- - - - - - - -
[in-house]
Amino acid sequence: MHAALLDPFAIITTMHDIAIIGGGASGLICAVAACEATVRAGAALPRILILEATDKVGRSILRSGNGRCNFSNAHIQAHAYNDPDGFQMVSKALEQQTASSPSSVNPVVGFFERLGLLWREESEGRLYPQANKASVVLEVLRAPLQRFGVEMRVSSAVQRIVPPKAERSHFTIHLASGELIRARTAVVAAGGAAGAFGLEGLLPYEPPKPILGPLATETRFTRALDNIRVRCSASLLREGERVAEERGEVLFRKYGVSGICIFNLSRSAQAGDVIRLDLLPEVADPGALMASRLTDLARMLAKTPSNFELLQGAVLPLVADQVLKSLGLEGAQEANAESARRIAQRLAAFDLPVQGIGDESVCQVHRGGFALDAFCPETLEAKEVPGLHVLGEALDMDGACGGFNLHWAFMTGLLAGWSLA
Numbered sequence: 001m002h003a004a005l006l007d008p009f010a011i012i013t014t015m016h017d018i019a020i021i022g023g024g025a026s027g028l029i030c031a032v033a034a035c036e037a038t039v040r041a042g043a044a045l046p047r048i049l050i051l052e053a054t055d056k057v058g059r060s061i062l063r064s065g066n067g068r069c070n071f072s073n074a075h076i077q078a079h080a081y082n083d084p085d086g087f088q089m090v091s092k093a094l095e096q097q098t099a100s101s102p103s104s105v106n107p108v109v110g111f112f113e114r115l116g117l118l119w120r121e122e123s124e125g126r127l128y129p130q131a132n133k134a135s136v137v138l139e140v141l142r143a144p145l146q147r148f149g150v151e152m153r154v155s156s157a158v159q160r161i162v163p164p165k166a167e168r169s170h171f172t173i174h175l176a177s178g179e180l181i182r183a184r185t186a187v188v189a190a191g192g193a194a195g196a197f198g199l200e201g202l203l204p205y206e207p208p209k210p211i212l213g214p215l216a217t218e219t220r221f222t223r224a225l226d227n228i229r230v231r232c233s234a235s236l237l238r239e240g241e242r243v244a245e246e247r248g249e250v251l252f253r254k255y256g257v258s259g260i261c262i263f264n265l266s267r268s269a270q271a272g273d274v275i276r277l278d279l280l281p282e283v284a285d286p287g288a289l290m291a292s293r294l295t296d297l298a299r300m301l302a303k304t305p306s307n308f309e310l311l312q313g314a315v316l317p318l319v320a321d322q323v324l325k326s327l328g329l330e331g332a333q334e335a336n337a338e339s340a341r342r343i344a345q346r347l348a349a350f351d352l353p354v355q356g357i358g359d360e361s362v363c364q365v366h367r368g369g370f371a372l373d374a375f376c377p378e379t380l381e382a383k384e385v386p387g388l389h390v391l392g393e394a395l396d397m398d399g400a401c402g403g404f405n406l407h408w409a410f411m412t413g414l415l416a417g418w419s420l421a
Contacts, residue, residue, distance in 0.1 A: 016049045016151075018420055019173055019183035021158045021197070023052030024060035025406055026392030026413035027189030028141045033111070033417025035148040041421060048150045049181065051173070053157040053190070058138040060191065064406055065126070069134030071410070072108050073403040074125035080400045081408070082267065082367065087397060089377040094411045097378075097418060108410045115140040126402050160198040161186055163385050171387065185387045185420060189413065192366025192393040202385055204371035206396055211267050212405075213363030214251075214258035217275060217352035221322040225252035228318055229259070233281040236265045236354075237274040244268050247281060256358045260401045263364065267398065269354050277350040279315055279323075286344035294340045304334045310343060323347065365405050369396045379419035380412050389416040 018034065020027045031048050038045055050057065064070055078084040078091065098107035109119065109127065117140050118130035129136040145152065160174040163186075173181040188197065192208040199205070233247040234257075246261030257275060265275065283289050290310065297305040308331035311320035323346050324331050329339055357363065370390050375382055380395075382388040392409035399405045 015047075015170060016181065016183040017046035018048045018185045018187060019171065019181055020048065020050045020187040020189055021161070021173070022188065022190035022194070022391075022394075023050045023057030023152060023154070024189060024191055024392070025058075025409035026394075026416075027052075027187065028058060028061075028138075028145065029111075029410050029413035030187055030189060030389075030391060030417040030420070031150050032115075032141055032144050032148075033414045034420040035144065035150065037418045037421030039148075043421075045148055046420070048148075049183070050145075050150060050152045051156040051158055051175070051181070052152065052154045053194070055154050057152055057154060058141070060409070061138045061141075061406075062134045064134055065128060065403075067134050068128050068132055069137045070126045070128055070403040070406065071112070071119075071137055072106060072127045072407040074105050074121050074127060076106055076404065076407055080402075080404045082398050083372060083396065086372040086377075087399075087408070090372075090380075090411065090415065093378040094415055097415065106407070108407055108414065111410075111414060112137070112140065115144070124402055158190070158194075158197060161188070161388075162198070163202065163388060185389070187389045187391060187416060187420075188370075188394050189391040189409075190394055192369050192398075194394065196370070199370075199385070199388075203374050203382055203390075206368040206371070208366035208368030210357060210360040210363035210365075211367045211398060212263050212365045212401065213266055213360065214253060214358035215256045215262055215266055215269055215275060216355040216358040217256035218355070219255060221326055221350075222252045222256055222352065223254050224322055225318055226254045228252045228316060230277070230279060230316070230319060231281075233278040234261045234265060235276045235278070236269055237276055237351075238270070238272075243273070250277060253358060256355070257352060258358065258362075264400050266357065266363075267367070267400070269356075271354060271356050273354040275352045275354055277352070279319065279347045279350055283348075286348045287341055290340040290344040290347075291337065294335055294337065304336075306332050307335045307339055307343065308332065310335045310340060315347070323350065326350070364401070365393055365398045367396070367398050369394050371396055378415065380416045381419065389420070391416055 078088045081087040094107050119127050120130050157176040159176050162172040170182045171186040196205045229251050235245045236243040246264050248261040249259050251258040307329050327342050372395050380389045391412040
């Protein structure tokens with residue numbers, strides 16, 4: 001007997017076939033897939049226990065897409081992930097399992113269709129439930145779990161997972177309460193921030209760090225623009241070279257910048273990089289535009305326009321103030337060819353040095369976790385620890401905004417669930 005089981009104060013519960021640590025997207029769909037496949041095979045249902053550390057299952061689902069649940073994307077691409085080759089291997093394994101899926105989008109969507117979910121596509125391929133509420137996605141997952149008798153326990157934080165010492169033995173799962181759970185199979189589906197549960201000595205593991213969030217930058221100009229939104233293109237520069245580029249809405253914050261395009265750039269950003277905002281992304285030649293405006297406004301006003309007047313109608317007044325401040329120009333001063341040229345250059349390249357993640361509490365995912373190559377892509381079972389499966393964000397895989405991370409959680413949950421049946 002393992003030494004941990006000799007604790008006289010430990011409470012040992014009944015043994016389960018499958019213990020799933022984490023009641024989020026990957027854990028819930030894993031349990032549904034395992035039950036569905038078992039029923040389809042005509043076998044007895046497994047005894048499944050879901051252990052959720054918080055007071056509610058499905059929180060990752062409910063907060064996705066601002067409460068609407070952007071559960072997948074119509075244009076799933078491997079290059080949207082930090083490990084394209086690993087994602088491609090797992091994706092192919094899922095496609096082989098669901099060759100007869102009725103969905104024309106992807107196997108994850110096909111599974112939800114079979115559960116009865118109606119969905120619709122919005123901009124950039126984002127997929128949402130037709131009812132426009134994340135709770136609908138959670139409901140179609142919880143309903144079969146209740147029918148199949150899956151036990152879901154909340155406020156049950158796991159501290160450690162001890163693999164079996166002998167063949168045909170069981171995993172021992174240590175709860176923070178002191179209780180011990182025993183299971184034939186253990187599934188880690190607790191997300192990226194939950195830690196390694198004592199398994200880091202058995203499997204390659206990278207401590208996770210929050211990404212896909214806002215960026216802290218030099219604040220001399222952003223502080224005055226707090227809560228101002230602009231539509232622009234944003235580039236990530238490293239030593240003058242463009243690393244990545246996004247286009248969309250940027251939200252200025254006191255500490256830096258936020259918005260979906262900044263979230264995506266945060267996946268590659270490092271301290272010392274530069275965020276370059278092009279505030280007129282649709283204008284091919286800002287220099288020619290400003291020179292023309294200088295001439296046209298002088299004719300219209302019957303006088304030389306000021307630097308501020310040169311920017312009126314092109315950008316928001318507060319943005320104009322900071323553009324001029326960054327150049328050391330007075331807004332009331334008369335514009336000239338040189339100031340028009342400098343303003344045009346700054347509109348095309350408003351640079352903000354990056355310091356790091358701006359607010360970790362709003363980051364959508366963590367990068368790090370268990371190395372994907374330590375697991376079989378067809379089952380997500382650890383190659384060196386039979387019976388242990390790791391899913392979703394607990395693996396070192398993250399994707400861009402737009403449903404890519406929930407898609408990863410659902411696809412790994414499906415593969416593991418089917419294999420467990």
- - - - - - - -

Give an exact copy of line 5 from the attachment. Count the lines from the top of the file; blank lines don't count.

């Protein structure tokens with residue numbers, strides 16, 4: 001007997017076939033897939049226990065897409081992930097399992113269709129439930145779990161997972177309460193921030209760090225623009241070279257910048273990089289535009305326009321103030337060819353040095369976790385620890401905004417669930 005089981009104060013519960021640590025997207029769909037496949041095979045249902053550390057299952061689902069649940073994307077691409085080759089291997093394994101899926105989008109969507117979910121596509125391929133509420137996605141997952149008798153326990157934080165010492169033995173799962181759970185199979189589906197549960201000595205593991213969030217930058221100009229939104233293109237520069245580029249809405253914050261395009265750039269950003277905002281992304285030649293405006297406004301006003309007047313109608317007044325401040329120009333001063341040229345250059349390249357993640361509490365995912373190559377892509381079972389499966393964000397895989405991370409959680413949950421049946 002393992003030494004941990006000799007604790008006289010430990011409470012040992014009944015043994016389960018499958019213990020799933022984490023009641024989020026990957027854990028819930030894993031349990032549904034395992035039950036569905038078992039029923040389809042005509043076998044007895046497994047005894048499944050879901051252990052959720054918080055007071056509610058499905059929180060990752062409910063907060064996705066601002067409460068609407070952007071559960072997948074119509075244009076799933078491997079290059080949207082930090083490990084394209086690993087994602088491609090797992091994706092192919094899922095496609096082989098669901099060759100007869102009725103969905104024309106992807107196997108994850110096909111599974112939800114079979115559960116009865118109606119969905120619709122919005123901009124950039126984002127997929128949402130037709131009812132426009134994340135709770136609908138959670139409901140179609142919880143309903144079969146209740147029918148199949150899956151036990152879901154909340155406020156049950158796991159501290160450690162001890163693999164079996166002998167063949168045909170069981171995993172021992174240590175709860176923070178002191179209780180011990182025993183299971184034939186253990187599934188880690190607790191997300192990226194939950195830690196390694198004592199398994200880091202058995203499997204390659206990278207401590208996770210929050211990404212896909214806002215960026216802290218030099219604040220001399222952003223502080224005055226707090227809560228101002230602009231539509232622009234944003235580039236990530238490293239030593240003058242463009243690393244990545246996004247286009248969309250940027251939200252200025254006191255500490256830096258936020259918005260979906262900044263979230264995506266945060267996946268590659270490092271301290272010392274530069275965020276370059278092009279505030280007129282649709283204008284091919286800002287220099288020619290400003291020179292023309294200088295001439296046209298002088299004719300219209302019957303006088304030389306000021307630097308501020310040169311920017312009126314092109315950008316928001318507060319943005320104009322900071323553009324001029326960054327150049328050391330007075331807004332009331334008369335514009336000239338040189339100031340028009342400098343303003344045009346700054347509109348095309350408003351640079352903000354990056355310091356790091358701006359607010360970790362709003363980051364959508366963590367990068368790090370268990371190395372994907374330590375697991376079989378067809379089952380997500382650890383190659384060196386039979387019976388242990390790791391899913392979703394607990395693996396070192398993250399994707400861009402737009403449903404890519406929930407898609408990863410659902411696809412790994414499906415593969416593991418089917419294999420467990």